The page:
UK Official
Services


Customers
Help line
0121 247 4304

Open 5 days
Mon - Fri
09:00am til 4:00pm

Last updated: 23/07/2014

Unabridged Birth Certificate
Add to Favorites

Google

Yahoo MyWeb

del.icio.us



Apostille Legalisation


Legalisation (Apostille) is the official confirmation that a signature, seal or stamp on a UK public document is genuine.

Bar Image

Certificate
Services


Birth, Marriage and Death Certificates are full length copies and can be used for official purposes.

Bar Image

Secure
Shopping




Google Checkout Acceptance Mark
PayPal

bar image

UK Official Services

Good Evening, Welcome to UK Official Services !

This site exists to help you obtain a Birth, Death or Marriage certificate as quickly and as easily as possible.

Death Certificates


All death certificates supplied are full long form certified/extract copies for England and Wales, Scotland, Northern Ireland and the Republic of Ireland.
  • Death Certificate
This document will normally include full name of deceased, maiden name (if applicable), date born, date and place of death, last known usual residence, informant's name and address and registration district.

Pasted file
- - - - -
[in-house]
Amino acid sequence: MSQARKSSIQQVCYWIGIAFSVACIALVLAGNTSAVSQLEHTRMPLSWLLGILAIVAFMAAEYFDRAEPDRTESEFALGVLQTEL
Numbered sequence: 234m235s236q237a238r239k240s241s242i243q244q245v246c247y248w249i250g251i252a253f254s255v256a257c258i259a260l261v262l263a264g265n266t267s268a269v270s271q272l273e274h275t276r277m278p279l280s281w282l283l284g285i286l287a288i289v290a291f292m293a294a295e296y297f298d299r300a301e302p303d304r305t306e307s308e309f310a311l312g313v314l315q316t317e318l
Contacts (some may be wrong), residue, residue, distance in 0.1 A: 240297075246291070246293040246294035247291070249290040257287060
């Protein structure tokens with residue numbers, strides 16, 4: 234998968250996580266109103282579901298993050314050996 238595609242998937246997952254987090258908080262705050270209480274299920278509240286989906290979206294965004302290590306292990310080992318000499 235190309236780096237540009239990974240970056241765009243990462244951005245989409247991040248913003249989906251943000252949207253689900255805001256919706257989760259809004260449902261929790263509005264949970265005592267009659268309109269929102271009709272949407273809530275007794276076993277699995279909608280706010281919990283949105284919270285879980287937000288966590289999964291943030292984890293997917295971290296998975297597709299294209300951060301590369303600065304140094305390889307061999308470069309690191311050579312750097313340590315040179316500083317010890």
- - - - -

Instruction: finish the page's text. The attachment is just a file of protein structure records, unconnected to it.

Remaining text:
Death Certificates


A death certificate is a document issued by a government official such as a registrar of vital statistics that declares the date, location and cause of a person's death.

Before issuing a death certificate, the authorities usually require a certificate from a physician or coroner to validate the cause of death and the identity of the deceased. In cases where it is not completely clear that a person is dead (usually because their body is being sustained by life support), a neurologist is often called in to verify brain death and to fill out the appropriate documentation.

In the U.K., registration of deaths began in 1837. The death certificate lists when and where a person died, the name and surname, sex, date of birth (or age on older certificates), occupation, address, cause of death, as well as information about the person who reported the death. Beginning in 1874, a doctor's certificate was necessary for the issuance of a death certificate (prior to that, no cause of death needed to be given). Stillbirths only had to be registered after 1927, and it wasn't until 1960 that a cause of death had to be listed.